Weekly Bible studies that engage youth and young adults in connecting world events with the Bible, faith, and everyday life.
Contributed by Jen Krausz, Bethlehem, PA
Do you think a Christian counselor can successfully counsel someone of another faith? Why or why not?
Keeping the Faith On the Journey
Bentley, a British automaker, fired its Christian chaplain of ten years just days before Christmas because they felt he might make workers of other faiths uncomfortable. Reverend Francis Cooke had visited the Crewe, Chester factory once a week for ten years before he was fired.
None of the workers ever complained about Cooke and, in fact, have started a petition to bring him back to the factory. Retired employee John Austin, 67, said, “He was there for a lot of people. I know one individual who was feeling suicidal, but Francis turned him around. He was a very important man at the factory.”
Cooke offered counseling services to workers of all faiths, not just Christians. He was employed by Bentley; it was his only paid work. “My position is to help people and not just those who are Christians,” Cooke said in an interview. “’It is not just about offering religious services. I provide counseling to workers who have stresses at home such as broken marriages. I would spend a few minutes with each person which would be enough to help them feel better.”
“Everyone is really angry about it,” one worker said to a British newspaper. “To do this just before Christmas is shocking.”
A Bentley spokesperson stated, “We have a wide range of faiths and want to take a multi-faith outlook. It would be very difficult to have somebody from each faith.”
- Do you think it was right for Bentley to fire Rev. Cooke? Why or why not?
- Can you think of a better way to resolve the problem while allowing Rev. Cooke to keep his job?
- How should a chaplain treat someone of a different faith?
- Should Bentley reinstate Rev. Cooke if most or all of their employees want him back?
Scripture Texts (NRSV) for Sunday, January 6, 2013 (Epiphany of our Lord)
(Text links are to Oremus Bible Browser. Oremus Bible Browser is not affiliated with or supported by the Evangelical Lutheran Church in America. You can find the calendar of readings for Year C at Lectionary Readings.)
For lectionary humor and insight, check the weekly comic Agnus Day.
If you have grown up attending church, you probably take the story of Jesus’ birth for granted. You are very familiar with the journey to Bethlehem, the birth in a manger, the shepherds being notified by angels, and the wise men coming to give expensive gifts to the baby. In reality many improbable events surround the birth of Jesus. The wise men of this part of the gospel account came from nations that persecuted the Jews for centuries, yet they had enough faith in the star they saw to follow it for at least a year. They were obviously familiar with the Old Testament prophecies about Jesus, even though they did not belong to the same culture or belief system.
Why did they want to see the baby king? A commentary suggests that it was because they saw his birth as the beginning of a new age of peace between their nations and the Israelites. The wise men wanted to give gifts to the new king, but they accidentally let Herod know about the birth of one who (he thought) could put him out of a job. Understandably, Herod was threatened.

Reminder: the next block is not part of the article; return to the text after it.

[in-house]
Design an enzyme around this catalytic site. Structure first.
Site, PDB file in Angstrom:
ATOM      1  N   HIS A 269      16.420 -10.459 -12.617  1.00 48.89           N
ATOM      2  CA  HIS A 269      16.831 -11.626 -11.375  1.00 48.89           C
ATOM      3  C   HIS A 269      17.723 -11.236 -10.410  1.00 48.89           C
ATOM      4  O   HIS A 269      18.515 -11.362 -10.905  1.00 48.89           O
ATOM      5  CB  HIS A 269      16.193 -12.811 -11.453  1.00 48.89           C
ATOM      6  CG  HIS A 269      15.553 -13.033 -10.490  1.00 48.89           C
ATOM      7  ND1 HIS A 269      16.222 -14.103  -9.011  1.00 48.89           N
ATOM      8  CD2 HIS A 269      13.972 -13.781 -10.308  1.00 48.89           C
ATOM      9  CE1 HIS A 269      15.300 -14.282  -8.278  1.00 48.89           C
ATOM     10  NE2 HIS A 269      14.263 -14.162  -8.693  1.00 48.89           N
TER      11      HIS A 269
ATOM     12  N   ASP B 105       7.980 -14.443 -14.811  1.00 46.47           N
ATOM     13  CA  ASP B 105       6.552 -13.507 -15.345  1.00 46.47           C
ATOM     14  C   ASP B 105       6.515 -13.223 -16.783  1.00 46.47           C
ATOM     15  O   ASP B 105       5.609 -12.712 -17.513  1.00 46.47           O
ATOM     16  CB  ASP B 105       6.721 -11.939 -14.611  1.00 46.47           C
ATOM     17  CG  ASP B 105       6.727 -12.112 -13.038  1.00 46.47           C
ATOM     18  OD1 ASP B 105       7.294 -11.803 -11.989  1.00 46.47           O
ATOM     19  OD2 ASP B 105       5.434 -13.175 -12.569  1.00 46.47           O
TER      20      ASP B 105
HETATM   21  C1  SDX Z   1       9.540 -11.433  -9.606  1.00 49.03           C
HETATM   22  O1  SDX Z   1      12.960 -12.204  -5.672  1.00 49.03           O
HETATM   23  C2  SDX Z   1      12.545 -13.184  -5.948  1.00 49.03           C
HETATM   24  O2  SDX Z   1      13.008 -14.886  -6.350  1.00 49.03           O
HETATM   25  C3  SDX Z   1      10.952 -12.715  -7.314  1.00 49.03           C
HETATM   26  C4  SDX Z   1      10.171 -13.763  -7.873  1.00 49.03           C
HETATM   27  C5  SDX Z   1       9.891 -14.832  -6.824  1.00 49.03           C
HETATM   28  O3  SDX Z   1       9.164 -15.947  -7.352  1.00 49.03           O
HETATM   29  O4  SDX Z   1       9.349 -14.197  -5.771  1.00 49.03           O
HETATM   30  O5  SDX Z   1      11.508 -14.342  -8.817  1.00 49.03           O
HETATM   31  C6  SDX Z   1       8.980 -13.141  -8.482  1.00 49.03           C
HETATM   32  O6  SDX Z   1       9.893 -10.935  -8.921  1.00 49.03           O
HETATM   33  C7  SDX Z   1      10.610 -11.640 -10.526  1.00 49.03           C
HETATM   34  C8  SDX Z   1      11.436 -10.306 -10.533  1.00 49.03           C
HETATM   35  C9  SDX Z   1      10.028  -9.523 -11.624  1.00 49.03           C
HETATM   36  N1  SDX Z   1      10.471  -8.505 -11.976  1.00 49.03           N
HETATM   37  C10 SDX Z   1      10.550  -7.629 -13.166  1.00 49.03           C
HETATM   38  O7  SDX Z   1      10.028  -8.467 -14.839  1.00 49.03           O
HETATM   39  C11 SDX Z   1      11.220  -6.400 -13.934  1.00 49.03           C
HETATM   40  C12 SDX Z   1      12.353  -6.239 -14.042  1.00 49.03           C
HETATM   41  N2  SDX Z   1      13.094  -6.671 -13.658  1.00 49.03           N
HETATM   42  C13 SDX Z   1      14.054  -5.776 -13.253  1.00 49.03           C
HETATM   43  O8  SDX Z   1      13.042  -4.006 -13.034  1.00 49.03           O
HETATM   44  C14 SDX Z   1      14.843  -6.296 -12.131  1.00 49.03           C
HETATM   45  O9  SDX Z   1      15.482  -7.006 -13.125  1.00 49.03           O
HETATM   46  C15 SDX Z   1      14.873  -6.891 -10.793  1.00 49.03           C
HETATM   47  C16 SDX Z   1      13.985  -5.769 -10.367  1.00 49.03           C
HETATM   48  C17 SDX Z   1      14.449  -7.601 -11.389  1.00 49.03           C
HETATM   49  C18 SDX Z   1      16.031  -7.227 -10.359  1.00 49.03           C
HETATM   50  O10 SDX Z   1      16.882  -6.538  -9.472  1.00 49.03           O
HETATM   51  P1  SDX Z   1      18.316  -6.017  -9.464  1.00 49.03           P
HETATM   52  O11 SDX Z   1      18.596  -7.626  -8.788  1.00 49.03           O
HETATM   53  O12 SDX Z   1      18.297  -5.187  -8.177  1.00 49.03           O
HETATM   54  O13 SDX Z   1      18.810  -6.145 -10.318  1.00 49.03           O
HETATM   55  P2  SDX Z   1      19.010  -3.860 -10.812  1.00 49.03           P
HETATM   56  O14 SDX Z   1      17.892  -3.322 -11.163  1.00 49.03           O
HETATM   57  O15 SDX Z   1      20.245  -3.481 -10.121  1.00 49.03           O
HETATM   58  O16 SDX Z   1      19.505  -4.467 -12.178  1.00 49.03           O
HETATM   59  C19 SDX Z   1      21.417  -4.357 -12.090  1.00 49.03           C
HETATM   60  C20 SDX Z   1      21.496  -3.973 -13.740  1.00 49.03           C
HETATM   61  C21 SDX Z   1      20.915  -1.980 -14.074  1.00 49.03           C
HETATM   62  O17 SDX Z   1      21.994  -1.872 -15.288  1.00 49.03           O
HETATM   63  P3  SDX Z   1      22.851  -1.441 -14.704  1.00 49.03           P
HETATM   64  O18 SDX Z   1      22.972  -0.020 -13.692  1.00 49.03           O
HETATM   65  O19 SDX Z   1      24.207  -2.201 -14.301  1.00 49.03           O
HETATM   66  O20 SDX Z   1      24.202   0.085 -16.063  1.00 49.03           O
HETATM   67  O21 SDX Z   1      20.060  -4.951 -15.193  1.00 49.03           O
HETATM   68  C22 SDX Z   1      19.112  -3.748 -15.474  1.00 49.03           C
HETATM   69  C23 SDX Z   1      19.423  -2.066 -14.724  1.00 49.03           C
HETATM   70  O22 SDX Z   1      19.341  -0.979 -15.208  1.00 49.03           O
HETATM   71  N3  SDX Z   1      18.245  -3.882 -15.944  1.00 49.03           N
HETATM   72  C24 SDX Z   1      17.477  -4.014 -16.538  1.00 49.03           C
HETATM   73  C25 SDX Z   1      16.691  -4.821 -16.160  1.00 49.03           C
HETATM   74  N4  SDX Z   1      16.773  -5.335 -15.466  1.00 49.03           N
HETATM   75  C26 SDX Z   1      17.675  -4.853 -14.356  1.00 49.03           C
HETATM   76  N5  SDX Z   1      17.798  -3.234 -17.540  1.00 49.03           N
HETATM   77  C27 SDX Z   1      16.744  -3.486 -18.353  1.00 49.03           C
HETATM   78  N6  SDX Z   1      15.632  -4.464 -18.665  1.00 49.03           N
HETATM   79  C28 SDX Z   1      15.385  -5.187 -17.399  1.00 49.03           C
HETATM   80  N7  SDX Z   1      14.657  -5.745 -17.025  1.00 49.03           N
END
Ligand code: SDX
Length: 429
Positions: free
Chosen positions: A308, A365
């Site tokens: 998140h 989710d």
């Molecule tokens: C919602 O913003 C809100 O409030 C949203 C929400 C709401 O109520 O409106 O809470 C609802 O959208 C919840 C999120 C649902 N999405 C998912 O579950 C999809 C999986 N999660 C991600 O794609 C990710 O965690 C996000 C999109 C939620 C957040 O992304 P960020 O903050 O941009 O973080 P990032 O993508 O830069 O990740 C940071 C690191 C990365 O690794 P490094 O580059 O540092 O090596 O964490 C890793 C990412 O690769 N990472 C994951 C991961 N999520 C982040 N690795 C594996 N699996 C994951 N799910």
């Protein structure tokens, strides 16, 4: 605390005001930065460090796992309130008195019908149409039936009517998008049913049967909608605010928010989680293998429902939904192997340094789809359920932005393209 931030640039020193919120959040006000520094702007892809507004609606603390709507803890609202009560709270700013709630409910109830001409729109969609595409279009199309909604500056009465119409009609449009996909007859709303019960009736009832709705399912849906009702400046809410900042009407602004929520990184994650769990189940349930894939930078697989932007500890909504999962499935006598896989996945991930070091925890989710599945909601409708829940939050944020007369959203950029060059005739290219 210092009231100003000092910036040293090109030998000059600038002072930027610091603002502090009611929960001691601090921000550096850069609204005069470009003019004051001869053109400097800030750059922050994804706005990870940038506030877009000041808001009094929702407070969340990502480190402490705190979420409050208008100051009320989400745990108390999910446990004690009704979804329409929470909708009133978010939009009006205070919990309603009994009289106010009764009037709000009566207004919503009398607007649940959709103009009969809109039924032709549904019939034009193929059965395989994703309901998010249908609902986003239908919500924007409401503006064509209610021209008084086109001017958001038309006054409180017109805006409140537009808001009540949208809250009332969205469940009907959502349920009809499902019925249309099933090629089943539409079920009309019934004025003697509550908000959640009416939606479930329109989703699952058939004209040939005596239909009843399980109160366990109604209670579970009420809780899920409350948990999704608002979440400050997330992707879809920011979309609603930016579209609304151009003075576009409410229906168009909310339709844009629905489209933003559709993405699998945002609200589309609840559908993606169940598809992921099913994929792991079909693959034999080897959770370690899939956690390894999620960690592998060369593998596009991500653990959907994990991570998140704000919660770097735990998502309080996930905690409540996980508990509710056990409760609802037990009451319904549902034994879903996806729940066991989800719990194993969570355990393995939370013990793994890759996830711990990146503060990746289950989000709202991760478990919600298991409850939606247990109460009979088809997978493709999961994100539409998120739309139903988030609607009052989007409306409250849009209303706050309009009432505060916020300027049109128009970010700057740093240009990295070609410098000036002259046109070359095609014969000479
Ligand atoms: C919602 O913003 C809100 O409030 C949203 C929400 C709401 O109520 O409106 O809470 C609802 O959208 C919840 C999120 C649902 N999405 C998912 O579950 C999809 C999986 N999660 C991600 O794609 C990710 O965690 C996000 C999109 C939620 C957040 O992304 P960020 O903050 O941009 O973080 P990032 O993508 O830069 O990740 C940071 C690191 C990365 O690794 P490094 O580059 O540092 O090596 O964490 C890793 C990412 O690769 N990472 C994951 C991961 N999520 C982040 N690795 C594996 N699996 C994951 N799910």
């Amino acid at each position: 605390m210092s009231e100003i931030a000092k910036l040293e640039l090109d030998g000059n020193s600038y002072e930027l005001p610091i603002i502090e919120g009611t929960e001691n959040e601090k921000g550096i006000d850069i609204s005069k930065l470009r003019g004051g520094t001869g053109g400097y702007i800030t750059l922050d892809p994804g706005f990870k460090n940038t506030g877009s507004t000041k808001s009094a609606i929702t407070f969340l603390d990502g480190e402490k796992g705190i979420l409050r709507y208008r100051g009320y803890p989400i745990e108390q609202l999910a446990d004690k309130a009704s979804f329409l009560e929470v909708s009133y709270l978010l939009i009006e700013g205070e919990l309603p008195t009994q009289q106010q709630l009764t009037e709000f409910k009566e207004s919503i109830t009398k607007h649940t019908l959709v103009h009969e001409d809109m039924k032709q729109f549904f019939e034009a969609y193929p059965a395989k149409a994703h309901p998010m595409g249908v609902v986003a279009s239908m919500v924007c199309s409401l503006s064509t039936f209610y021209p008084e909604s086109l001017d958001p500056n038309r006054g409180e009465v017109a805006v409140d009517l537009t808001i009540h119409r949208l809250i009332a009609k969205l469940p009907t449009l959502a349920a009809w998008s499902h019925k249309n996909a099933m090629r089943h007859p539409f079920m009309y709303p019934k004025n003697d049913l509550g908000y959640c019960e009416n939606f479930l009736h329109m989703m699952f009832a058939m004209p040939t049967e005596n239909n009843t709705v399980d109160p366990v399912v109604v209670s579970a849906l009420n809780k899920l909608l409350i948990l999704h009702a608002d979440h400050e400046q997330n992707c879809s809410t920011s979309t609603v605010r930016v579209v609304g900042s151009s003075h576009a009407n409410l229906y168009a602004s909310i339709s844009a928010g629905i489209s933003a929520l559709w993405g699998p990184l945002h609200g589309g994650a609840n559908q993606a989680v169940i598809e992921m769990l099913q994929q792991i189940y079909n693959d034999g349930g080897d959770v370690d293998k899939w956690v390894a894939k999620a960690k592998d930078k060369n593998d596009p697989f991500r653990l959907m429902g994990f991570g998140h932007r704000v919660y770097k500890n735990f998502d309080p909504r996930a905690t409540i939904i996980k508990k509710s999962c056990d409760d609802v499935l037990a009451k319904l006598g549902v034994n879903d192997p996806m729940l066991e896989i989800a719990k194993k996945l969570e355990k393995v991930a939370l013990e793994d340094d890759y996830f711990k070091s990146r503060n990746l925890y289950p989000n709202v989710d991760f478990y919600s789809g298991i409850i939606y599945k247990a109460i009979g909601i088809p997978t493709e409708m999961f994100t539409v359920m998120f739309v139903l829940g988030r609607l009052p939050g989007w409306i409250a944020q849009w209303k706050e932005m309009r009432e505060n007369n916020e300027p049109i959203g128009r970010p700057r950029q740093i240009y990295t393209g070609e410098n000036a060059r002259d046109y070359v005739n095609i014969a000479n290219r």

In spite of the threat their questions created for baby Jesus, the Wise Men were also the ones through whom God worked to save Jesus from that threat. Once they offered their gifts and worship, they disobeyed orders and avoided Herod so they wouldn’t have to tell him where they had found their king.
This account shows that God can work in the lives of people with any amount of faith and understanding. Indeed, we may have very little understanding of God’s purposes, but God uses those who are willing to follow to accomplish those purposes.
May you look back on the story of your life and find that God has used you mightily in accomplishing great things in the world, even though you might not have understood it fully at the time.
- So much violence is the result of misunderstandings between people. What misunderstandings led to Herod wanting to kill the baby Jesus?
- Those in charge of the Bentley factory may have something in common with Herod in that they feel threatened by the presence Christ in their factory (working through Rev. Cooke). How is that a misunderstanding? Is there any way to resolve such a misunderstanding? If so, how?
- Can you look back and see a time when God worked in your life or in someone else’s? How does that make you feel to realize it now? How did it feel when you were going through it?
- Do you think it’s better to keep God out of workplaces and schools? Why or why not? Is that really even possible; what do people mean when they talk about “keeping God out of schools…or workplaces”?
- One reader of a news article about Rev. Cooke’s firing stated that in England, “multi-faith outlook usually means no Christians.” Why do you think people would omit Christianity, the faith with the largest amount of followers?
Write a brief letter to the editor stating your opinion about Rev. Cooke’s firing. Send or email it to your local newspaper or to a British newspaper that has covered the story (google can give some of those).
Lord God, thank you for being a God who enters our lives personally, first through Jesus, and even now through the Holy Spirit. Help us to understand other faiths well enough to bridge chasms, continuing to show your love in all situations. And show us the ways in which you are working in our lives every day. We praise you and thank you in Jesus’ name, Amen.